Mice Would Best Suited Business Proposal

… )

Bogota has a vibrant nightlife and a huge selection of restaurants, bars, clubs and cultural activities. Bogota's cuisine, music, and dancing are renowned.

Technology

The 2005 census shows that 99.5% of households have electricity, 98.7% have water service, whilst 87.9% have telephone service.

Bogota seems to be a technologically-savvy city. It is the center of telecommunications as well as of printing and publishing (Bogota, my city!) and has more than 300 local and satellite TV stations, as well as multiple radio channels.

It has its technology fairs as well as at least one museum devoted to technology -- which shows the focus that he city gives to technology.

Bogota too imports much technology, and houses many of its central firms that specialize in technology, these include companies such as GM Colmotores, Compania Colombiana Automotriz, and Ecopetrol ((Bogota, my city!).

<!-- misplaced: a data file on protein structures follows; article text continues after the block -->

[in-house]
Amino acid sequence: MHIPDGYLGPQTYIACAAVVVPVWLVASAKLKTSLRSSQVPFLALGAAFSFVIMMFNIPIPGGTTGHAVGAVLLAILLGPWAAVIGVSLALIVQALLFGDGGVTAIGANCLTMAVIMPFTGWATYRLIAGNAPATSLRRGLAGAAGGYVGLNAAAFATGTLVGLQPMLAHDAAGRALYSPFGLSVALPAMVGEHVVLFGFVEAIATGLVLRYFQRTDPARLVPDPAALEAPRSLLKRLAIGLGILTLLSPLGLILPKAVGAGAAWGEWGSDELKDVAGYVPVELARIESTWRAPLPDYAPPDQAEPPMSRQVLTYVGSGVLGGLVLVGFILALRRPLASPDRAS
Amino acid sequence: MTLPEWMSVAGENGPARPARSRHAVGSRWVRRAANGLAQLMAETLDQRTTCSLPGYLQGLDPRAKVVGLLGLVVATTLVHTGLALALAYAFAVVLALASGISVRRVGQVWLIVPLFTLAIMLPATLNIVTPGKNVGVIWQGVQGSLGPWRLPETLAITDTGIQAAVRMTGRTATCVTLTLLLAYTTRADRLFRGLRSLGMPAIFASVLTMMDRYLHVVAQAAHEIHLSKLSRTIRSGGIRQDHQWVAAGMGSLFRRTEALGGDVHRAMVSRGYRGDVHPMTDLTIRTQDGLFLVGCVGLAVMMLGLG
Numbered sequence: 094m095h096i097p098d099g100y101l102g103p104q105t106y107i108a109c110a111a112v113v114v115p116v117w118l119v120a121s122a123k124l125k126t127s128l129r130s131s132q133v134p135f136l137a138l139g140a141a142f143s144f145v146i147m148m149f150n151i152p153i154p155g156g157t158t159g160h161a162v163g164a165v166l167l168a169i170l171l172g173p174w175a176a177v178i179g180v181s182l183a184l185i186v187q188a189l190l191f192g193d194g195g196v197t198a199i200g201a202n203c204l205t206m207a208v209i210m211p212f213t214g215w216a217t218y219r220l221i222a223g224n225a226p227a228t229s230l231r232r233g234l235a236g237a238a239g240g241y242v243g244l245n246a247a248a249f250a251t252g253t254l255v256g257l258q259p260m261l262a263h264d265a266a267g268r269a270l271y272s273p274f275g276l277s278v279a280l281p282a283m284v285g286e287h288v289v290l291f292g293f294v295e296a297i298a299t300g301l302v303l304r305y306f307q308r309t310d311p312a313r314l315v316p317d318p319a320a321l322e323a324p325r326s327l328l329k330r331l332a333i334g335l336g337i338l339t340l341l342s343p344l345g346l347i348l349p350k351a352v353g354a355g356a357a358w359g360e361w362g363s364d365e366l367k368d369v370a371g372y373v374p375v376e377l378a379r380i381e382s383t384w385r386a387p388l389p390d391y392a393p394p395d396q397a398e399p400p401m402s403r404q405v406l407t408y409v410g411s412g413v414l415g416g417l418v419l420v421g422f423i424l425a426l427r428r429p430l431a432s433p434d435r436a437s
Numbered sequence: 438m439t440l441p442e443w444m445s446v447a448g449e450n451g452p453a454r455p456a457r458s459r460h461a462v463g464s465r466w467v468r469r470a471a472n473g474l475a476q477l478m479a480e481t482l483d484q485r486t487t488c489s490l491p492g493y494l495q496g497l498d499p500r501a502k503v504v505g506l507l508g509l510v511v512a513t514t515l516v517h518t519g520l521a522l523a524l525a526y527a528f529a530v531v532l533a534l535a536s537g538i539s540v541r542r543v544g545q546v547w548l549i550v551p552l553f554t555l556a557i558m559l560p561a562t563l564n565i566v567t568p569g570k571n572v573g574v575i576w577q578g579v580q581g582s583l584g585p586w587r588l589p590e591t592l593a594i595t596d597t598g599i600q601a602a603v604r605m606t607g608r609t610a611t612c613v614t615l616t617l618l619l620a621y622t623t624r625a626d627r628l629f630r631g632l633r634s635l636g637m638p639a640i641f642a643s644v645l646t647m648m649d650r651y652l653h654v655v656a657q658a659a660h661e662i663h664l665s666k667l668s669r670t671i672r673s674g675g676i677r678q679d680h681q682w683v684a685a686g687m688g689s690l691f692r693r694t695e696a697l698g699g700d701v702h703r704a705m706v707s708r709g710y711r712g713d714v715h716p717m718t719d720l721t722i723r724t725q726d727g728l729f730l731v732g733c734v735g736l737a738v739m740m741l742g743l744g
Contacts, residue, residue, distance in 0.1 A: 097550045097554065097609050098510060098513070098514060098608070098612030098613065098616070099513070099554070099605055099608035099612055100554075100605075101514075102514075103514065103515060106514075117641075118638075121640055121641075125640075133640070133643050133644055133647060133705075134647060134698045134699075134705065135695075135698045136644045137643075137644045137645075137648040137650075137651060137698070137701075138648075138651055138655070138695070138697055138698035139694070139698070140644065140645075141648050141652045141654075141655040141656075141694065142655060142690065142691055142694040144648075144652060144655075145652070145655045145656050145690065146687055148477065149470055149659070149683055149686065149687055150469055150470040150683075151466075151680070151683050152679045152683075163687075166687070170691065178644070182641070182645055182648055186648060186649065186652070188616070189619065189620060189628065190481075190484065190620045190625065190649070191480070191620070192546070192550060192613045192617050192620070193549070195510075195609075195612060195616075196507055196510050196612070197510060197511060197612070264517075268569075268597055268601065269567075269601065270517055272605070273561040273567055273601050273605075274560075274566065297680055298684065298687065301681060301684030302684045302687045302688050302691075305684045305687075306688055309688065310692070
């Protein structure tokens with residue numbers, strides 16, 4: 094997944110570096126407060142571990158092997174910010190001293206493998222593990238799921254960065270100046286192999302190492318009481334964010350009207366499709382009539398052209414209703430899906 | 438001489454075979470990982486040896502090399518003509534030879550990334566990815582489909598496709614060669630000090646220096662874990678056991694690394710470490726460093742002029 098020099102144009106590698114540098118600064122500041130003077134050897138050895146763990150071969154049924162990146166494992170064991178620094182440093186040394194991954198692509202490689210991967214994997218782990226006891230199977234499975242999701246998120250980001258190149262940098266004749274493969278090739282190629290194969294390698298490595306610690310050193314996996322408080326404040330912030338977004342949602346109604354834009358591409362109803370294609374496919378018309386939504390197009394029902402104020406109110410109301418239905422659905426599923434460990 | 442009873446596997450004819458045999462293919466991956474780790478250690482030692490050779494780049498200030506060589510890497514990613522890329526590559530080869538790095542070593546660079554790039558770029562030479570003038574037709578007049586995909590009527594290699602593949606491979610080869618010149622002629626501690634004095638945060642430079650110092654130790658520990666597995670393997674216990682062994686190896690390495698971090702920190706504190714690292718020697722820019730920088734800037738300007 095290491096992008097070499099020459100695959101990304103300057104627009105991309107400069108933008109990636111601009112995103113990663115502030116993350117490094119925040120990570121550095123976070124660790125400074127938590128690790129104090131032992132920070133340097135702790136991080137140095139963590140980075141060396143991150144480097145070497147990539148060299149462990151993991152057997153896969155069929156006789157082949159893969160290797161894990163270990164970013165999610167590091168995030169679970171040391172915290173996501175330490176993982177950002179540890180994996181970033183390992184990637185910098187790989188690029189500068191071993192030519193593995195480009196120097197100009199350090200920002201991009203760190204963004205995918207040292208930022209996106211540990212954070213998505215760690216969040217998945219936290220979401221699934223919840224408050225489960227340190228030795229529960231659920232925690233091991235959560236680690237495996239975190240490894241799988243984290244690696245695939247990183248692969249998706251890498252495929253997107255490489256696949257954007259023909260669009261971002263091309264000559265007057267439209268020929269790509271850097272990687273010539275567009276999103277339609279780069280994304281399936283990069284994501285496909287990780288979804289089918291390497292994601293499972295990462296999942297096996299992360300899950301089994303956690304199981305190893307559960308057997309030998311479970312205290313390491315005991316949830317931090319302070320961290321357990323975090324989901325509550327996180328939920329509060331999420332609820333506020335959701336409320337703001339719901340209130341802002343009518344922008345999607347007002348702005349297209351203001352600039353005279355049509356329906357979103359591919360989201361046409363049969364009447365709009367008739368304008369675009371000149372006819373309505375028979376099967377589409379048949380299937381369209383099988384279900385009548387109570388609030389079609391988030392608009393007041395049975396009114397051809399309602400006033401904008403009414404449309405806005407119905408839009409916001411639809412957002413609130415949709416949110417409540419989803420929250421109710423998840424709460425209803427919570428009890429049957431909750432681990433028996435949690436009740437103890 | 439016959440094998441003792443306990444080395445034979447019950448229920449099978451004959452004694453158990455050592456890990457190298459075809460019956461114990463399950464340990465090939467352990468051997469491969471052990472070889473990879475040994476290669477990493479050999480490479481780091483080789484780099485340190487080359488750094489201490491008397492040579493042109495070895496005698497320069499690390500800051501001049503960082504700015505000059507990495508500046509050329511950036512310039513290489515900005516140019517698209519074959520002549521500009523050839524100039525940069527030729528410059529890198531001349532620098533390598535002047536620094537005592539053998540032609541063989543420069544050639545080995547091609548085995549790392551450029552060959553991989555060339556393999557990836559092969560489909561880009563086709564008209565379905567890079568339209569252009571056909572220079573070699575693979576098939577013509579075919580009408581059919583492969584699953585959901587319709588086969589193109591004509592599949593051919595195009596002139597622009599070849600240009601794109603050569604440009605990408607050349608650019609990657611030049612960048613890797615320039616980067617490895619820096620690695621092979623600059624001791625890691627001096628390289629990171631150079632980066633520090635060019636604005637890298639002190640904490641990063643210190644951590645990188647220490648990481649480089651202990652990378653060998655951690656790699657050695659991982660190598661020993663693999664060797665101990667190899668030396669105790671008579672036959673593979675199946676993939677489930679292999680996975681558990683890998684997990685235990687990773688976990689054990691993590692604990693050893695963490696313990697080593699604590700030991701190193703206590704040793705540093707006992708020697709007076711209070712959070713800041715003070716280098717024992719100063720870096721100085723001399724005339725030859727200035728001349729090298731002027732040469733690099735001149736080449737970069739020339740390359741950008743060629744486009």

Each of its hotels and resorts are equipped with the latest technology, and technological innovation companies include Zemoga, a digital innovation agency, and RWD Technologies de Colombia. Its universities offer well-attended courses in technology and engineering too.

Colombia in general has ambitious plans including disseminating high-speed Internet throughout the country, giving grants and low-interest loans to tech entrepreneurs, and promoting 4G cell availability. Bogota, in specific, has plans for becoming the next Silicon Valley in the coming 5 years. In the meantime, however, Bogota has 10 million residents with only one in four who have a smartphone and many who have no internet. The reality, says Damon Bron (Nov 16, 2012) is very different than its ideals.